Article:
He was aware of Al studying him with worry and a little too much perceptiveness. "You okay, Quinn?"
Quinn scrubbed impatiently at the wet film covering his eyes. "No."
Al accepted the blunt answer with only a nod, and Sam didn't say anything at all until they left the cemetery and met Rembrandt and Wade, who were sitting a bench next to the cab. Once again, Quinn knelt in front of Wade; she was leaning forward, her elbows on her knees and her head bowed. Next to her, Rembrandt was rubbing her back, his face tangled with sympathy and helplessness.
"Wade?" Sam said softly.
She looked up at him, her face tear-stained but under control. "Guess this was a pretty bad idea, huh?" Sam shrugged slightly, and she looked back down. "That *was* my mother, wasn't it?"
Sam groped helplessly for something to say; Quinn supplied it. "She's not your mother, Wade," he said, hearing Al and Sam repeat him word for word and tone for tone. He stared at her, trying to get her to feel his sympathy and his concern through sheer willpower. "She's this Wade's mother, and you can't help her. Seeing you couldn't do anything but hurt her more, and you know that."
He shoved a hand through his hair, praying he was saying the right things. "I know it's hard, Wade, but you have to let this go."
"She was crying, wasn't she?" Wade's voice was matter-of-fact; Quinn didn't want to know how much that cost her. "She's hurting."
"Yes, she is," he answered quietly. "But there's nothing we can do."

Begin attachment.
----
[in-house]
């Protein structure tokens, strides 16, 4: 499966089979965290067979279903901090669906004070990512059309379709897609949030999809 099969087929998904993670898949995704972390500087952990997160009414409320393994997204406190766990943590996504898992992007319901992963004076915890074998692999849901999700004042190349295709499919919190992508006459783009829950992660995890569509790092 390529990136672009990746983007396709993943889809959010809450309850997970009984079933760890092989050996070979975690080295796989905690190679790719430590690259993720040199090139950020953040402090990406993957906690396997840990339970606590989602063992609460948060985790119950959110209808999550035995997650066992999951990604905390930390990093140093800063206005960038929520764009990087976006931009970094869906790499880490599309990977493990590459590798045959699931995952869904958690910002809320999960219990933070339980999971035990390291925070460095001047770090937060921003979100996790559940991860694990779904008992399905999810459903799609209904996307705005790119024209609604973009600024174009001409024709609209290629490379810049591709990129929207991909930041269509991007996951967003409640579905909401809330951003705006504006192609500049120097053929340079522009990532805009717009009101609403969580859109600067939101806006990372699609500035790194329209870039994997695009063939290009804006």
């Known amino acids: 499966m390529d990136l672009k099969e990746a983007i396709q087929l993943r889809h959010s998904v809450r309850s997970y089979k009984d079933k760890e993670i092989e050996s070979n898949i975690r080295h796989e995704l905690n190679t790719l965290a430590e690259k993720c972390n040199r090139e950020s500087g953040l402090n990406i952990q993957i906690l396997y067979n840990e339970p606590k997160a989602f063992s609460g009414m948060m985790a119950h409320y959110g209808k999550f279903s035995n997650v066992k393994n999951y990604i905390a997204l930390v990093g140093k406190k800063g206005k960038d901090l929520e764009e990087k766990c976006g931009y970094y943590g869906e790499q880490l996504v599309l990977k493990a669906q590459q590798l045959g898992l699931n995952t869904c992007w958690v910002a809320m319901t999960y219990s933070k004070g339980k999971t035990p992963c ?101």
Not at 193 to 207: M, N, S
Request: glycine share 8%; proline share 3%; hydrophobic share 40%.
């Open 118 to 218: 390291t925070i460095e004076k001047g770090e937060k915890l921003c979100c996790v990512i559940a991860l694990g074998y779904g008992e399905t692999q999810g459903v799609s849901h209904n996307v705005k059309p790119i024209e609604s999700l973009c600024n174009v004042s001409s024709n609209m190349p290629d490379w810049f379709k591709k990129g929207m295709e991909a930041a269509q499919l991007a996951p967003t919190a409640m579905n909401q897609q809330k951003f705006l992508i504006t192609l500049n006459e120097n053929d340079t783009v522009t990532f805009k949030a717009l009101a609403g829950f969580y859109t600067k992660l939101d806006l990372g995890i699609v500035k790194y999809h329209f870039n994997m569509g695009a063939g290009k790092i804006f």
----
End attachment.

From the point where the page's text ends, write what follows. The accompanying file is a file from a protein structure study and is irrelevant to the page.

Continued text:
Wade stared at him for a long moment, as if she could actually see him, then abruptly stood, dragging her hand across her eyes again. "Let's just go," she said in a muffled voice, opening the door to the cab and stepping in without a backwards glance. "Let's just get out of here."
The four men exchanged helpless looks, then obeyed. As he entered the cab, Quinn couldn't resist one more look backwards. He could just see Mrs. Welles standing over Wade's grave, her head and shoulders bent as if under the weight of the world. A chill touched his spine, and he tried to convince himself he'd just imagined the desperation in Mrs. Welles's eyes as the cab started moving away.
Chapter 9Fitting them all into the cab might have been entertaining under other circumstances. As it was, Al had no trouble resisting his usual comments about sitting on a subdued Wade's lap. He and Quinn wound up sharing the front seat, sitting in it more than on it. The ride to the Dominion was silent, and seemed to take forever. He could have just had Ziggy center them back on the Dominion, but something in Quinn's eyes suggested he wasn't going to leave Wade.
"There you are!" Arturo looked up at them in irritation as they trooped through the door to the room. His shirt sleeves were rolled up and towels and a bottle of alcohol were scattered over the table in front of him. "I finished cleaning the damn timer an hour ago, where the devil have you been?"
"Visiting cemeteries," Rembrandt answered with a significant look at Wade. She still hadn't spoken a word, just sat down on the couch and huddled into herself. Quinn sat next to her, trying once again to touch her; Al winced in sympathy at the look on Quinn's face when he failed again.
Arturo looked from Rembrandt to Wade and back, and sighed, taking his glasses off and wiping them absently. "Perhaps not the best of notions."
"You have no idea," Quinn mumbled from the couch. Al didn't feel the need to relay it.